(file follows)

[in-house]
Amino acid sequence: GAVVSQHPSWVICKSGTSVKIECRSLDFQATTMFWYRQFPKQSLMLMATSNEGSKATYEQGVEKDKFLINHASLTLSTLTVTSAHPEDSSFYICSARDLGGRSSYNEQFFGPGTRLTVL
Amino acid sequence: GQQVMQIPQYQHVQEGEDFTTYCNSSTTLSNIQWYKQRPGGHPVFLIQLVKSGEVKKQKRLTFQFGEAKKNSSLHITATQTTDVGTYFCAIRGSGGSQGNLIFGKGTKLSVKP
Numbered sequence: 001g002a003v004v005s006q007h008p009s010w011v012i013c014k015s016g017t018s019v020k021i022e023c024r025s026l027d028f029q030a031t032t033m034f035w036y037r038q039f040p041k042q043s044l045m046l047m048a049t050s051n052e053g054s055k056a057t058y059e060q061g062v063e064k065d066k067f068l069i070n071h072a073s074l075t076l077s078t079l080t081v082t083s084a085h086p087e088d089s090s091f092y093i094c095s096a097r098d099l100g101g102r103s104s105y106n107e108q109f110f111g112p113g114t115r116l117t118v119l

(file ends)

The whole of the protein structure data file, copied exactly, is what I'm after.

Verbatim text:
[in-house]
Amino acid sequence: GAVVSQHPSWVICKSGTSVKIECRSLDFQATTMFWYRQFPKQSLMLMATSNEGSKATYEQGVEKDKFLINHASLTLSTLTVTSAHPEDSSFYICSARDLGGRSSYNEQFFGPGTRLTVL
Amino acid sequence: GQQVMQIPQYQHVQEGEDFTTYCNSSTTLSNIQWYKQRPGGHPVFLIQLVKSGEVKKQKRLTFQFGEAKKNSSLHITATQTTDVGTYFCAIRGSGGSQGNLIFGKGTKLSVKP
Numbered sequence: 001g002a003v004v005s006q007h008p009s010w011v012i013c014k015s016g017t018s019v020k021i022e023c024r025s026l027d028f029q030a031t032t033m034f035w036y037r038q039f040p041k042q043s044l045m046l047m048a049t050s051n052e053g054s055k056a057t058y059e060q061g062v063e064k065d066k067f068l069i070n071h072a073s074l075t076l077s078t079l080t081v082t083s084a085h086p087e088d089s090s091f092y093i094c095s096a097r098d099l100g101g102r103s104s105y106n107e108q109f110f111g112p113g114t115r116l117t118v119l